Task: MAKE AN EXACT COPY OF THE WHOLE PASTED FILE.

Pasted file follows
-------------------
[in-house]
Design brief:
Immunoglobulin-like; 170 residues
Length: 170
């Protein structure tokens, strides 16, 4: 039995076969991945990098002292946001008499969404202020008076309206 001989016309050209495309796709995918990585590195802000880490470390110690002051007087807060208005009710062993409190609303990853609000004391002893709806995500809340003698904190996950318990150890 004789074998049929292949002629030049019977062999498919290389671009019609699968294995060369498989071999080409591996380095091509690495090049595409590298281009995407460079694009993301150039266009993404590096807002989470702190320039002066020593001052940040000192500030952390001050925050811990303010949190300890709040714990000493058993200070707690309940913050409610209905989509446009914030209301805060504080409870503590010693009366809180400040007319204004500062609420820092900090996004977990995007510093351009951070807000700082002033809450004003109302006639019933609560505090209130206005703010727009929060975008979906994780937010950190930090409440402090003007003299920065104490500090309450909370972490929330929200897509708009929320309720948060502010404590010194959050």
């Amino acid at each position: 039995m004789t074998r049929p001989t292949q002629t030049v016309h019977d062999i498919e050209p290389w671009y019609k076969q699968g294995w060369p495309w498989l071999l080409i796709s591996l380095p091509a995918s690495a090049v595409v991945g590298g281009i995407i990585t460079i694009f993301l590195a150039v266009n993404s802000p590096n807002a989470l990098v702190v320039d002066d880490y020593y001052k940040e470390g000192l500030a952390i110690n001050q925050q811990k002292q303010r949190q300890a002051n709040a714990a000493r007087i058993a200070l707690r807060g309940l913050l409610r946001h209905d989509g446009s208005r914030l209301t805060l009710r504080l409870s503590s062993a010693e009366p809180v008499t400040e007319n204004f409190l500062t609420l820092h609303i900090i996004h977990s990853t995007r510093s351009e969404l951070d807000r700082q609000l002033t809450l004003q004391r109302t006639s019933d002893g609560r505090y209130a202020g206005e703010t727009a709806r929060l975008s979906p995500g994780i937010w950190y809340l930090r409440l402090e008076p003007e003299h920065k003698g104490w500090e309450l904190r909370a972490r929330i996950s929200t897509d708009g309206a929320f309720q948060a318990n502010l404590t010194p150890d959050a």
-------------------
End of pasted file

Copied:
[in-house]
Design brief:
Immunoglobulin-like; 170 residues
Length: 170
């Protein structure tokens, strides 16, 4: 039995076969991945990098002292946001008499969404202020008076309206 001989016309050209495309796709995918990585590195802000880490470390110690002051007087807060208005009710062993409190609303990853609000004391002893709806995500809340003698904190996950318990150890 004789074998049929292949002629030049019977062999498919290389671009019609699968294995060369498989071999080409591996380095091509690495090049595409590298281009995407460079694009993301150039266009993404590096807002989470702190320039002066020593001052940040000192500030952390001050925050811990303010949190300890709040714990000493058993200070707690309940913050409610209905989509446009914030209301805060504080409870503590010693009366809180400040007319204004500062609420820092900090996004977990995007510093351009951070807000700082002033809450004003109302006639019933609560505090209130206005703010727009929060975008979906994780937010950190930090409440402090003007003299920065104490500090309450909370972490929330929200897509708009929320309720948060502010404590010194959050």
């Amino acid at each position: 039995m004789t074998r049929p001989t292949q002629t030049v016309h019977d062999i498919e050209p290389w671009y019609k076969q699968g294995w060369p495309w498989l071999l080409i796709s591996l380095p091509a995918s690495a090049v595409v991945g590298g281009i995407i990585t460079i694009f993301l590195a150039v266009n993404s802000p590096n807002a989470l990098v702190v320039d002066d880490y020593y001052k940040e470390g000192l500030a952390i110690n001050q925050q811990k002292q303010r949190q300890a002051n709040a714990a000493r007087i058993a200070l707690r807060g309940l913050l409610r946001h209905d989509g446009s208005r914030l209301t805060l009710r504080l409870s503590s062993a010693e009366p809180v008499t400040e007319n204004f409190l500062t609420l820092h609303i900090i996004h977990s990853t995007r510093s351009e969404l951070d807000r700082q609000l002033t809450l004003q004391r109302t006639s019933d002893g609560r505090y209130a202020g206005e703010t727009a709806r929060l975008s979906p995500g994780i937010w950190y809340l930090r409440l402090e008076p003007e003299h920065k003698g104490w500090e309450l904190r909370a972490r929330i996950s929200t897509d708009g309206a929320f309720q948060a318990n502010l404590t010194p150890d959050a």